We were up at a reasonably early hour to head through Venn Passage and the Duncan Bay “shortcut”, knowing this route would shorten our trip to Dundas Island considerably. We had not heard much about Venn Passage, and the Douglass book certainly made it sound quite doable – but a couple we had spoken with at Ocean Falls was extremely negative on the pass and said that they had many friends who had tried to take the shortcut and had ended up grounded.
Hmm…a quick call to Brian Pemberton at NWExplorations, our charter company, and we were back on track, heading through Venn Passage, prepared to keep extra sharp situational awareness with the range and various channel markers.
So…we wake up to hit a nice high tide in Venn…and find fog. Not totally obscured, as we pilots would say, but enough to get your attention. The wind was calm, though, and we got off the dock easily, slipping away with ease. Given all the wood and kelp in the water between the boat and the dock, I had worried that we might have more difficulty than we did. We liked Prince Rupert and look forward to coming back.
The fog settles in Prince Rupert harbour.
Prince Rupert peeks out from under the fog.
Good thing Bob is an IFR pilot, we had to keep a very close eye on the radar. The navigation over toward the start of Venn Passage was uneventful, except for all the fast moving fishing boats that would appear, ghostly and silent.
We had enough visibility to identify the airport dock and to validate that the Nobeltec marker placement was spot on. However, when we had to turn onto the range markers, they were totally obscured. Luckily, about halfway through, the fog started to lift and we could see Metlakatla in the distance. About this time, water taxis and fishing boats started to zip by. Glad we could see better!
We followed the buoys through a very circuitous route and kept an eye on all the fishing boats coming in through Duncan Bay from the north. We felt this passage was not a big deal and would do it again in a heartbeat.
The weather was calm, and we set course for Dundas Island. I had always wanted to go there. Why? I’m not sure…it’s the northernmost part of Canada that was on our course, and it would make for an easy day the next day to Foggy Bay, AK. I had heard that the horseflies were bad in Brundige, but we hadn’t had any problems so far and how bad could it be, right?
So off we went, sunshine abounding. We were being quasi-paralleled and overtaken by a tug (Ocean Navigator) with tow. The AIS kept forecasting that we would pass quite close, and I wanted to fall off and let the tug take the lead, but Bob insisted we hold our course. About the time we got to the lovely Green Island Lighthouse and dodged a few small fishing boats, we had to give way so that the tug could pass and we could cut west.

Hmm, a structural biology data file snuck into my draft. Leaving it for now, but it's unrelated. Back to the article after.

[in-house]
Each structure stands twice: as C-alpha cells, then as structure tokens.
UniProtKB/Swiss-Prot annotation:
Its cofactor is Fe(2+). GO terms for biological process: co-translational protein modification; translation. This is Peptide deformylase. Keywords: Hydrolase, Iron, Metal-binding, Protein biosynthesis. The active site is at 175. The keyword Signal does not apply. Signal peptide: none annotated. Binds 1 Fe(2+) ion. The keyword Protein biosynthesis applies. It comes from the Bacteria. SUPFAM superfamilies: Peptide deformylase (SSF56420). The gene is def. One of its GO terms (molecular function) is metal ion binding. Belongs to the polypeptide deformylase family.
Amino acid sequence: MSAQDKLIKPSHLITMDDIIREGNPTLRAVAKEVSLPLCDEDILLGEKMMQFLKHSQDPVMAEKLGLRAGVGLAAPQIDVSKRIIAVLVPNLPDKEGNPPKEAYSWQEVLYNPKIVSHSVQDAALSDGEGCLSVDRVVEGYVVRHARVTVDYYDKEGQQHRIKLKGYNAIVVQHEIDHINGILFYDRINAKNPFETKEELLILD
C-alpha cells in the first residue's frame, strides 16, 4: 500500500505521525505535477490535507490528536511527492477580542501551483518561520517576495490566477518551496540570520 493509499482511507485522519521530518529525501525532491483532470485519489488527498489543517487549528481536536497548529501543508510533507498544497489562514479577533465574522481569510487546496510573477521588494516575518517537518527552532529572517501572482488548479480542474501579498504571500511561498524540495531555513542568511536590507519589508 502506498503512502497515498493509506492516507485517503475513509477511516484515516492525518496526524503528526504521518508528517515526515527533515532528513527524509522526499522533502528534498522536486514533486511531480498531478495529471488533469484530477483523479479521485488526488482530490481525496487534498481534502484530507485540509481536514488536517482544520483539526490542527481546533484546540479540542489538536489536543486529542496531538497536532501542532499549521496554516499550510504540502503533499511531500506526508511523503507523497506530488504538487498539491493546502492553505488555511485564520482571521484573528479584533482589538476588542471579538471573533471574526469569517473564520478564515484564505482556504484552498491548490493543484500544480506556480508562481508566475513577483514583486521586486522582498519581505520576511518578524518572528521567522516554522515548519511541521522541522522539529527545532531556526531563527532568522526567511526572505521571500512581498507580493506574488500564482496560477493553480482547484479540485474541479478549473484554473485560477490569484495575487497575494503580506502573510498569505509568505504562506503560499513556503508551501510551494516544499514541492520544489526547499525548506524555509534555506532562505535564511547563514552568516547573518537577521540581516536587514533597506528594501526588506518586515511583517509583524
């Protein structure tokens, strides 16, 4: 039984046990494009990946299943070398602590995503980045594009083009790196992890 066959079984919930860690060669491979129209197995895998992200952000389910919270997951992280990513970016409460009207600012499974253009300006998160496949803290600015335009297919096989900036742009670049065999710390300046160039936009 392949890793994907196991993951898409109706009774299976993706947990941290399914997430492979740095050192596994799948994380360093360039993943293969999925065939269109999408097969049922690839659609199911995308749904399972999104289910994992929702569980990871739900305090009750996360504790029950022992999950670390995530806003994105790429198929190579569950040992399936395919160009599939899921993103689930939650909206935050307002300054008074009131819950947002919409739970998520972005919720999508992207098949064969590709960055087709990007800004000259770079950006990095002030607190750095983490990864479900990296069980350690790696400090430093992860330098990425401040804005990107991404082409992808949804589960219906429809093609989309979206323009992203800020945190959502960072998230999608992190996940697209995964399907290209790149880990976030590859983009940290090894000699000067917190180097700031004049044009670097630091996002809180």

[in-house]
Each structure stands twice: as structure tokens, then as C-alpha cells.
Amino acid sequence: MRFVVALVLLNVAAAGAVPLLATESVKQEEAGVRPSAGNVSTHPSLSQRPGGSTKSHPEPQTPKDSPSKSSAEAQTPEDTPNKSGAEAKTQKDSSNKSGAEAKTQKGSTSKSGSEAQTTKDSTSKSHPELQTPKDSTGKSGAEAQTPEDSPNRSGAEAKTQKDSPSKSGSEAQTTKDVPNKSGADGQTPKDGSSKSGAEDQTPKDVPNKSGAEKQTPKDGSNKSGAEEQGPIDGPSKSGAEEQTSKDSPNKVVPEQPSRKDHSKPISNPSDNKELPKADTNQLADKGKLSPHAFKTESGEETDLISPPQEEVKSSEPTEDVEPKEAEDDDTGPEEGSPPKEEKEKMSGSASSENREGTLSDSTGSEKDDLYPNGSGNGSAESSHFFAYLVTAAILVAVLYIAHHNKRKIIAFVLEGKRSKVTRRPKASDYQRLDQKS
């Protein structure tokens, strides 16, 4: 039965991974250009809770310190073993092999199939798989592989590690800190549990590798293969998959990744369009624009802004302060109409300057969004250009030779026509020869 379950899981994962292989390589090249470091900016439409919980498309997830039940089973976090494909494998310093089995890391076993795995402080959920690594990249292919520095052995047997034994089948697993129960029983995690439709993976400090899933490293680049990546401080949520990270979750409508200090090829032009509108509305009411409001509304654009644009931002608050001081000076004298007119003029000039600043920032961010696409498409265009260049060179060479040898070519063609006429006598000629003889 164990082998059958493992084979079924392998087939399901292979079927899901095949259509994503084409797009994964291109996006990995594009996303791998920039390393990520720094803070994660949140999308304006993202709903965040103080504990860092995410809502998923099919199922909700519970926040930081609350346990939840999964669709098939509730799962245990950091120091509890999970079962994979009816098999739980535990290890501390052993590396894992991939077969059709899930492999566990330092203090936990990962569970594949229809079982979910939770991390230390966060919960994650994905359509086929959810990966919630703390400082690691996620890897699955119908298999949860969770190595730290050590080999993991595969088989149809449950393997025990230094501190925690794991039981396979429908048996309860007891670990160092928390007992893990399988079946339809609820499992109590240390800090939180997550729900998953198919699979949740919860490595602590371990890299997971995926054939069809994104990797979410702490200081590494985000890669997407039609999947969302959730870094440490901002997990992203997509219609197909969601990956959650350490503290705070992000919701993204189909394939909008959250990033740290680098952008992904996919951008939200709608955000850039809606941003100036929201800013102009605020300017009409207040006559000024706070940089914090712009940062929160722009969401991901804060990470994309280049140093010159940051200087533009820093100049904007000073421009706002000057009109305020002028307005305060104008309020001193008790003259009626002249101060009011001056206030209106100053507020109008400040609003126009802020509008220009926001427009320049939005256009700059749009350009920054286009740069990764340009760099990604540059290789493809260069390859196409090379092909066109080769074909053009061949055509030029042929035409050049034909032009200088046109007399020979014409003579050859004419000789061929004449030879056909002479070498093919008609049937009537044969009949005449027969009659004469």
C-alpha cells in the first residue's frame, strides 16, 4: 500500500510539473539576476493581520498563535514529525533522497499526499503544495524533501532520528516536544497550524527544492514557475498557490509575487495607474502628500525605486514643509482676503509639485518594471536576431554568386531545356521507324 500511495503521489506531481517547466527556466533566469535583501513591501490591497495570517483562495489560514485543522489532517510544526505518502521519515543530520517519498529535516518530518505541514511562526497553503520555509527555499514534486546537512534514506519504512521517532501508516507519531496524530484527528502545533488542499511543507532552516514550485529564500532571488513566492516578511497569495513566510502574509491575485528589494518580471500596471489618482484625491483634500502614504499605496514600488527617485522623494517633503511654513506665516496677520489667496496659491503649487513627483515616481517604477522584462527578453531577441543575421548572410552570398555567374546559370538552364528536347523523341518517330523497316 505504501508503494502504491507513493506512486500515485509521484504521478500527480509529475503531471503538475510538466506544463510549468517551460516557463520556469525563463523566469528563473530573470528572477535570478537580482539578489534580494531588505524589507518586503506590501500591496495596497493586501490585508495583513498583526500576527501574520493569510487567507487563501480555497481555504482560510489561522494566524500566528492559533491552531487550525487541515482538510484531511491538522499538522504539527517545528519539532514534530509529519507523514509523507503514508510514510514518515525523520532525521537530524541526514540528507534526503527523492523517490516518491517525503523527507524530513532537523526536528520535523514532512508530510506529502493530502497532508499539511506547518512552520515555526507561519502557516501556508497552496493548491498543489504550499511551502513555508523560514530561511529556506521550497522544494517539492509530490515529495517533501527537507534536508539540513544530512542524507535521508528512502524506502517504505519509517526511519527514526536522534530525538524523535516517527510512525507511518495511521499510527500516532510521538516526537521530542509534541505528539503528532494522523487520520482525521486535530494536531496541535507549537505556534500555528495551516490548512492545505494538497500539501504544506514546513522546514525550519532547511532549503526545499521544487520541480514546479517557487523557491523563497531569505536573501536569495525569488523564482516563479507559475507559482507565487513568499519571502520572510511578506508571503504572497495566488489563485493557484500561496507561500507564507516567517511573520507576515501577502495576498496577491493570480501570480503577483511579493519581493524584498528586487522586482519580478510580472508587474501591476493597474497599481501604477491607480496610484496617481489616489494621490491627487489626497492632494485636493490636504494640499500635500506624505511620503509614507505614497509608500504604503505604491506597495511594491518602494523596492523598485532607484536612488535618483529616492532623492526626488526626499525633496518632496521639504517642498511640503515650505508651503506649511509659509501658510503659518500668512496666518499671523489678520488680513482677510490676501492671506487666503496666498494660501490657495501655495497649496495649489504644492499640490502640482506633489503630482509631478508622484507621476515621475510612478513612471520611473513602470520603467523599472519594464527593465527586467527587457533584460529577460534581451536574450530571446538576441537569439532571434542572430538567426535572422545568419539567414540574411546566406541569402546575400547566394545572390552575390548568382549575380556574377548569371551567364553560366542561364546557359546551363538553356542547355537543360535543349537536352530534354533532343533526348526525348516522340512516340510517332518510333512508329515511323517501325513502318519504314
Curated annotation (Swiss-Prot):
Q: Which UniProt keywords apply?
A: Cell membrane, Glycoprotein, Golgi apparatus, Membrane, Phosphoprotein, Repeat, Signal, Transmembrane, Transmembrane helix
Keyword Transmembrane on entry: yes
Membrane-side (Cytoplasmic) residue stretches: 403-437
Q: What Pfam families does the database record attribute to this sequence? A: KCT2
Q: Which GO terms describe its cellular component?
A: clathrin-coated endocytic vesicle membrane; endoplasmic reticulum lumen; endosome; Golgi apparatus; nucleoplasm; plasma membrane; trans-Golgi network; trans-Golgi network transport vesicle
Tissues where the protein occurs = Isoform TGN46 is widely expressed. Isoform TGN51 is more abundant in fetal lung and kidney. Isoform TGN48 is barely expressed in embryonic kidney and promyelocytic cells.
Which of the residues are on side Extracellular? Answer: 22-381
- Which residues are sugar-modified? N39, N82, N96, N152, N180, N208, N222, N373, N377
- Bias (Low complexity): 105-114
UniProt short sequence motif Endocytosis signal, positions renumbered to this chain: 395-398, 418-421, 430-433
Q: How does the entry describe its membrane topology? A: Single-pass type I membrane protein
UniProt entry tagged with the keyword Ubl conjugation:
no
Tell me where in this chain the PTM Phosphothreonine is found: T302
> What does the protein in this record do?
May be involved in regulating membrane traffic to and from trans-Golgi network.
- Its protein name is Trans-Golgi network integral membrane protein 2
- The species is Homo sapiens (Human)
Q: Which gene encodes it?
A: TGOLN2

As we rounded the top of Dundas, we saw a fancy floating fishing resort and some of their boats tooling around. Headed into Brundige, we saw one lonely sailboat headed out to cross Dixon Entrance back into the US. That would be us tomorrow.
We arrived about noon. Brundige Inlet was very long and not that visually exciting, but as we dropped anchor at the head, I was excited about doing some kayak exploring. However, as I was outside doing the anchor dance, I was enveloped in a sea of flying insects that were totally annoying. I was too busy to see exactly what they were, and I was totally covered except for my head. The anchor did not bite the first time, so we had to reset, extending my exposure to the flying (but apparently not biting) creatures. I even pulled my hood up to keep the darned things out of my face. Bob told me later my jacket was bug-covered when I was dropping the anchor.
As soon as I came inside, though – a different story. I had bites the size of goose eggs on my forehead, neck and hairline. They HURT! And they were a real pain for at least 3 days. This immediately dissuaded me from any attempt at outside exploration. YUCK! We were extra appreciative of the custom door screens on Alaskan Dream that allowed us ventilation without having our blood sucked dry.
We watched a movie, and later in the afternoon we saw two large sandhill cranes on one of the beaches. I was bummed we couldn’t go out and get closer to these magnificent creatures, but there was no way I was getting more bites.
Dinner was grilled pork and mashed sweet potatoes. I admit I thought Bob would get eaten alive while grilling the pork outside, but though he saw lots of flies and bugs, nothing bit him. Guess he’s not as sweet.
We watched the movie Wimbledon and were joined by the boat Whiskey Way out of Price Rupert about 9pm. Like many, he came into the anchorage at full speed and waked us for no apparent reason other than that he could. Grrrr.
We had a good night’s sleep, as it was quiet once his wake settled down and all was well.